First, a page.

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Re: your valued opinions- writing on trees/body languages/fungi

Subject: Re: your valued opinions- writing on trees/body languages/fungi
From: Jerry Ross
Date: Jan 03 2012 14:24:18
Jon -
I think you do Paul Stamets a disservice in comparing him to the
convicted fraudster & embezzling hotel manager Erich Von Daniken -
Stamets is a serious and knowledgeable practical mycologist
I agree that in Mycelium Running he does plunge head-first into bold
statements together with some unwarranted analogies, but that (I assume)
is largely to grab the attention of those who'd just get bored and go
away if faced with a couple of scientific citations.
Much of his theorising is, no doubt, un-backed up by any rigorous
research; but unless he's lying in his teeth, he seems to have had a
good deal of success in getting things past the FDA (for example), which
I suspect means that he's been able to put forward some fairly
rigorously researched evidence.
Not that I'm any kind of Stamets apologist - Personally I find his
over-enthusiastic prose style rather wearing.
I simply suggest that you shouldn't judge a book by its Amazon Look
Inside entry (let alone use it to dismiss someone's entire oeuvre).
Some might even say that such an approach is itself a touch unscientific!

On 03/01/2012 13:30, Jon Heuch wrote:
One of my Christmas books this year was Paul Stamets' Mycellium Running.
Tremendously full of science and references, but he doesn't  hold back
by making suggestions as to what may also be happening. He may be wrong,
he may be right, but it's clear that it is a statement of his thinking
and yet to be proved.

I would regard a book like that rather like Erik von Daniken's books of the 
1970s - some interesting
observations and facts that others may have overlooked but unscientific in 
its approach; others' work has been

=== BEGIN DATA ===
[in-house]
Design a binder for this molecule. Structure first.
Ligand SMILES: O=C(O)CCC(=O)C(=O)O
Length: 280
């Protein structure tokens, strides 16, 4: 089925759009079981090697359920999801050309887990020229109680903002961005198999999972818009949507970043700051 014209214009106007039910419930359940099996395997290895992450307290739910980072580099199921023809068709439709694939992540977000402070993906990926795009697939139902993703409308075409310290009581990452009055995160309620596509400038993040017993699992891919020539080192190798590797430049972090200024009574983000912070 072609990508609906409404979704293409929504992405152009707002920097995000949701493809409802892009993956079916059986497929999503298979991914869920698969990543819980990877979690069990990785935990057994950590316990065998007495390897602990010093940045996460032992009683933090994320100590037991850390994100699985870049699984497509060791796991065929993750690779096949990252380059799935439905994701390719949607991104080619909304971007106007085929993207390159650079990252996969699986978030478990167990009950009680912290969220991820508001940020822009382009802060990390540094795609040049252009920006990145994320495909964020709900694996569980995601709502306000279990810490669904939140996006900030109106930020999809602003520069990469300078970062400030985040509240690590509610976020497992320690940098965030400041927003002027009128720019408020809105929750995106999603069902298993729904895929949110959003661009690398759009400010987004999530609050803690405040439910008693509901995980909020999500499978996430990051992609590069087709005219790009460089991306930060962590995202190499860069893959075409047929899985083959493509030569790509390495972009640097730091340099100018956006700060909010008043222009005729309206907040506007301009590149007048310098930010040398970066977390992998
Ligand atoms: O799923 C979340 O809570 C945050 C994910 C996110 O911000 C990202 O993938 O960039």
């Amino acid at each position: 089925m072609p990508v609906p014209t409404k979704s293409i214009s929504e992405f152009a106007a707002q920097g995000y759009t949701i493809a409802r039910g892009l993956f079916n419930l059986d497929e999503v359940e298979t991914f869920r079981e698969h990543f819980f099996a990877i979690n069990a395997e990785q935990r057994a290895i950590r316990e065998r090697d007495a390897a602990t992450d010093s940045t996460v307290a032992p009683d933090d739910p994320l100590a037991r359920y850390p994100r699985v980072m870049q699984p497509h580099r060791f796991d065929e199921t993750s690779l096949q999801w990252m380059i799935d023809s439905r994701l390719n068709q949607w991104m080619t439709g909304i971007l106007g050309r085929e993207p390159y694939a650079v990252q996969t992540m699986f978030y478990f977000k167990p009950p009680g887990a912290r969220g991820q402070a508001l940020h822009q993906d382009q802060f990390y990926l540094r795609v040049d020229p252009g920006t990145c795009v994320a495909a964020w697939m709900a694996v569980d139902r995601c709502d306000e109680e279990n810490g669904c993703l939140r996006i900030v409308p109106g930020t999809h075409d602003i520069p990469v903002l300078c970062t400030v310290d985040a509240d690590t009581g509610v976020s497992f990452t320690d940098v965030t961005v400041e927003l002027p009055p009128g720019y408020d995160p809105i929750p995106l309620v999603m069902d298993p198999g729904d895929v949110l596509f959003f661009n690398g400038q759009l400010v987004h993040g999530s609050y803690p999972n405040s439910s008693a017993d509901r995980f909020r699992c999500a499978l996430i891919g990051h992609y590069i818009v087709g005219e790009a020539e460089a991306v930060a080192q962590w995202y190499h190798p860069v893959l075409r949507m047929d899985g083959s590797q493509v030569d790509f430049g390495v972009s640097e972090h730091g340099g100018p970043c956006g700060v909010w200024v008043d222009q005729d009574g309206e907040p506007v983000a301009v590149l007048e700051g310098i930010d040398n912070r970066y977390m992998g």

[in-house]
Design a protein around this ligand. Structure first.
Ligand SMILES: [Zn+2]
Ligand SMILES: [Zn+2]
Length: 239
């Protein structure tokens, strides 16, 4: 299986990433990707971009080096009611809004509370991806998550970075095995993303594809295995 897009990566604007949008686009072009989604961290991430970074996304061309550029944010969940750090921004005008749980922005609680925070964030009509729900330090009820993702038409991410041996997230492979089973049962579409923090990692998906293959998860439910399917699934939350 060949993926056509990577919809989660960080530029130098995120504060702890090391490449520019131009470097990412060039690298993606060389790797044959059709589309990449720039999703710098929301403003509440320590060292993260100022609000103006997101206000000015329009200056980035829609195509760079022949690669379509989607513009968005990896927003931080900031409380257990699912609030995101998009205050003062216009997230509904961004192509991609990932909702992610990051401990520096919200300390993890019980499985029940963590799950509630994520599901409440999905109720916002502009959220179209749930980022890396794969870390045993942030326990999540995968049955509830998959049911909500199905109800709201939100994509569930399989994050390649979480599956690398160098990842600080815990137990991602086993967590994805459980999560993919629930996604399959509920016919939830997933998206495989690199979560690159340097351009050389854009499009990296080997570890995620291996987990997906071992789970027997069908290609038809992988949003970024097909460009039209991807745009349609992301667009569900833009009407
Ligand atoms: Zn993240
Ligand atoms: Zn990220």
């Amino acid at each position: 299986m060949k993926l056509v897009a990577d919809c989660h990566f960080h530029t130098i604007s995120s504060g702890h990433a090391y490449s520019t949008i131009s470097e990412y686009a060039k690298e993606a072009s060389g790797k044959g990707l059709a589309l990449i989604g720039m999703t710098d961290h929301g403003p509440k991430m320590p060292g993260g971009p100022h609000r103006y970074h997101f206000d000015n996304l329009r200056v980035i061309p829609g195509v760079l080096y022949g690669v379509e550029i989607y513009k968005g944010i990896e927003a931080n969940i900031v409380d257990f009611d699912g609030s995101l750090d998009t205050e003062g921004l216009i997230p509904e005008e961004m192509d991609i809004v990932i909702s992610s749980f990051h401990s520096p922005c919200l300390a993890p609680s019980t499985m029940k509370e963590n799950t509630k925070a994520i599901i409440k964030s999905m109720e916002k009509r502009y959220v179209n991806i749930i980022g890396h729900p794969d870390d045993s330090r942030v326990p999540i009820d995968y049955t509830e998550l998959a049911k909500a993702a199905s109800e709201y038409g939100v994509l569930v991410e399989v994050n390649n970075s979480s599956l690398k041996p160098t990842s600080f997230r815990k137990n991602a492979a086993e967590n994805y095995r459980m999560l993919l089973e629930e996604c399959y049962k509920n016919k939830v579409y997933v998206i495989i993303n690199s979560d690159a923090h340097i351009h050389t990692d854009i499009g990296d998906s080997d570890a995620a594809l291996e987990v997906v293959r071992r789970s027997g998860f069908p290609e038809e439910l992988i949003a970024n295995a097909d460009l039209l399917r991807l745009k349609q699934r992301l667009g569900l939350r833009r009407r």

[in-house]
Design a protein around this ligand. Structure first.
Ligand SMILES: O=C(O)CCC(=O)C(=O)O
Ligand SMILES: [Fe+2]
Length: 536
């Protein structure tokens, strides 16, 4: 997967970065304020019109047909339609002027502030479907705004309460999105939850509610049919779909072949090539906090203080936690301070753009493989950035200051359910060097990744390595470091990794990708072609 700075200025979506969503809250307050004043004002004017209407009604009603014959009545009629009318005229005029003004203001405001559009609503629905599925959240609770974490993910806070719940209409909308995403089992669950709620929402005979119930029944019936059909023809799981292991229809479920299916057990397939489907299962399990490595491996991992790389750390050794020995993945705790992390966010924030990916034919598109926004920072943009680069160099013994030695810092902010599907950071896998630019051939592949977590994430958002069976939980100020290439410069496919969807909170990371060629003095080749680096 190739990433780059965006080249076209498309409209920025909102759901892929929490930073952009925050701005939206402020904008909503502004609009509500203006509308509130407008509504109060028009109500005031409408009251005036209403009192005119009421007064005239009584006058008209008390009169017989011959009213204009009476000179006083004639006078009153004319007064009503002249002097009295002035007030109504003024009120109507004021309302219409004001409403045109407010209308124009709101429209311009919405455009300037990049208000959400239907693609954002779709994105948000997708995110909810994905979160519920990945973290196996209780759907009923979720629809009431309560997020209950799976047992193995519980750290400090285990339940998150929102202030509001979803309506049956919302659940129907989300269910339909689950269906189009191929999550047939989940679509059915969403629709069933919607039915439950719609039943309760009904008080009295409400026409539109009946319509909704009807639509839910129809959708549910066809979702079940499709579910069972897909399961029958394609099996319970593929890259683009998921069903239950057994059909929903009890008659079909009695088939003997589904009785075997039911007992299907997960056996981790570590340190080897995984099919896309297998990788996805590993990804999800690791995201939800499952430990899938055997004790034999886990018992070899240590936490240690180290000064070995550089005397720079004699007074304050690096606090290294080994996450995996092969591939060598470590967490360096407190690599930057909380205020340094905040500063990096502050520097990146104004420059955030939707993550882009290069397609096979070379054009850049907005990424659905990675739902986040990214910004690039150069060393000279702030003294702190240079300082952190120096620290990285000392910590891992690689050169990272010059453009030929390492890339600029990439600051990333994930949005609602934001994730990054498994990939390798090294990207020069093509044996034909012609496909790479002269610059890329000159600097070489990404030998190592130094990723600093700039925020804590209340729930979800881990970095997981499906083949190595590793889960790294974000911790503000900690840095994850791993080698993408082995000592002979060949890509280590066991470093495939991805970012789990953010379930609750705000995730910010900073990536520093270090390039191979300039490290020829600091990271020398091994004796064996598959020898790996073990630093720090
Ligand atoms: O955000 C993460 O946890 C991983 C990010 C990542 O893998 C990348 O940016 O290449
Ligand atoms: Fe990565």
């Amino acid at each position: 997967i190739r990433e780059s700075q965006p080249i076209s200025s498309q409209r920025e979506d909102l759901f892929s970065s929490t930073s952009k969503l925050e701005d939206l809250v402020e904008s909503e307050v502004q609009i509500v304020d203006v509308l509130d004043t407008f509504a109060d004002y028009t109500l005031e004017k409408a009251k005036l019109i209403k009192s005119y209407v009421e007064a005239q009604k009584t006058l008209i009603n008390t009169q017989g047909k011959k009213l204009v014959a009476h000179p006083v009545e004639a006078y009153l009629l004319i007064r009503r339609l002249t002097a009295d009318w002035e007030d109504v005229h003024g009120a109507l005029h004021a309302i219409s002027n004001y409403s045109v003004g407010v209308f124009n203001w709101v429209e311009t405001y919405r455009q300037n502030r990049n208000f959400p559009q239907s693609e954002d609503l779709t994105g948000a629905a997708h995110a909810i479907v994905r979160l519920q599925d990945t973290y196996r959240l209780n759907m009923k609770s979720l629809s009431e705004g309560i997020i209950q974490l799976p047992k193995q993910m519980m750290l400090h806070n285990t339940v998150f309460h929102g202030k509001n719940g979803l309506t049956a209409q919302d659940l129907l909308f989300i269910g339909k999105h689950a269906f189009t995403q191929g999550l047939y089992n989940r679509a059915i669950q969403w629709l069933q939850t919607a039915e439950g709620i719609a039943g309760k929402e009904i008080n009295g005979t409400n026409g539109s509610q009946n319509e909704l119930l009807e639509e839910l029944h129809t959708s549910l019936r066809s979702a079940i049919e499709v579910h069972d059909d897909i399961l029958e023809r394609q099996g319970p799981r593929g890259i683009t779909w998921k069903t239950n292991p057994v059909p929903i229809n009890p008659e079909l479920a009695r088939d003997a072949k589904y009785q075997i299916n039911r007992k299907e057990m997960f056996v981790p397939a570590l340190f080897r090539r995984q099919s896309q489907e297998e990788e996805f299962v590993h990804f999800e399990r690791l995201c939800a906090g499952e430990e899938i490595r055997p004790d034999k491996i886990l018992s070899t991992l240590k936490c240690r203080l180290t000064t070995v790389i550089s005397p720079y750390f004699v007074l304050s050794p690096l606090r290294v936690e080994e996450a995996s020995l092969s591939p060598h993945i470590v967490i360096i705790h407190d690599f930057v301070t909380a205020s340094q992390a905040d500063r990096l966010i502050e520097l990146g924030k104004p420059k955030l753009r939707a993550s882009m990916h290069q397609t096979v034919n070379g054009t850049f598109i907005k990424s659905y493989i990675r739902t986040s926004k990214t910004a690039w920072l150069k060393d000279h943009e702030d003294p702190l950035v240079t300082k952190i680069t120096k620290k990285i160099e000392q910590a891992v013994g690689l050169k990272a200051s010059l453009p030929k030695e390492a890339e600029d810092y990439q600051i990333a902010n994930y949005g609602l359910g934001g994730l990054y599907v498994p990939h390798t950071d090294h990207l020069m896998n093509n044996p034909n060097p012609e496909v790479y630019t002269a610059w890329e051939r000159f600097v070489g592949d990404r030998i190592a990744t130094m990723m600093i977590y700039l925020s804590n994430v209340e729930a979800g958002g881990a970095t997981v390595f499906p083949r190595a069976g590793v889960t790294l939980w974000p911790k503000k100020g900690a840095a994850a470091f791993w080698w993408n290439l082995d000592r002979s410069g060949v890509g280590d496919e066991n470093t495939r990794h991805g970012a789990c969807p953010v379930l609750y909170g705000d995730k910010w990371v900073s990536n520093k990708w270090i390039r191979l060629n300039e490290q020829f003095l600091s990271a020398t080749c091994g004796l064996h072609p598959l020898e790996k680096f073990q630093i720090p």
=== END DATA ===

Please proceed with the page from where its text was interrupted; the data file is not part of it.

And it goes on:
looked for to support a notion (not a hypothesis) and dressed up with 
references to give it some plausibility;
the scientific results that contradict the proposed "notion" are just neatly 
ignored, either through ignorance of
the writer or their unscientific approach.

I'm still intrigued by the markings on the plains of Nazca (in Peru) and the 
large carved stones at
various locations around the world defy our understanding of what was going 
on a few thousands years ago.

How? Why? are questions that still seem to need answers; extra terrestrial 

Well it's a thesis that can be included in the list of possible answers I 
guess; that's science for
you but the idea seems to have preceded the facts.

As for Stamets: references? Yes - I see almost 20 pages of them. Science? I'm 
less convinced. By
Page 4 he starts to compare mycelium with the "computational powers of our most 
advanced supercomputers". I wonder
whether he is running ahead of sound observations. Unfortunately 
(fortunately?) Amazon Look Inside
doesn't allow a more detailed look. Perhaps I will never know.

As for advice on writing, if you are not a scientist with at least some 
scientific training you are
likely to come

unstuck if you pretend to be able to take scientific thought forward. 
Quotations of a small number
of references, taking authors' conclusions at face value

has the potential to mislead. You may be able to write a book that is deemed 
"successful" - as von
Daniken did - but that is another matter.

Two of my Christmas reads were titled:

"the importance of stupidity in scientific research" which talked about 
"productive stupidity" where
you are ignorant by choice. The more you know it becomes apparent that the 
less you know; it comes
as something of a shock to successful students (who have obtained high 
grades) that science doesn't
know the answer to lots of questions and scientists operate in a world of 


"Why most published research findings are false". More about statistics.

If you're interested in science they're worth reading.

  Jon Heuch Tel:          +44 (0)1233 713 466 Mob:    +44 (0)7810 610 712

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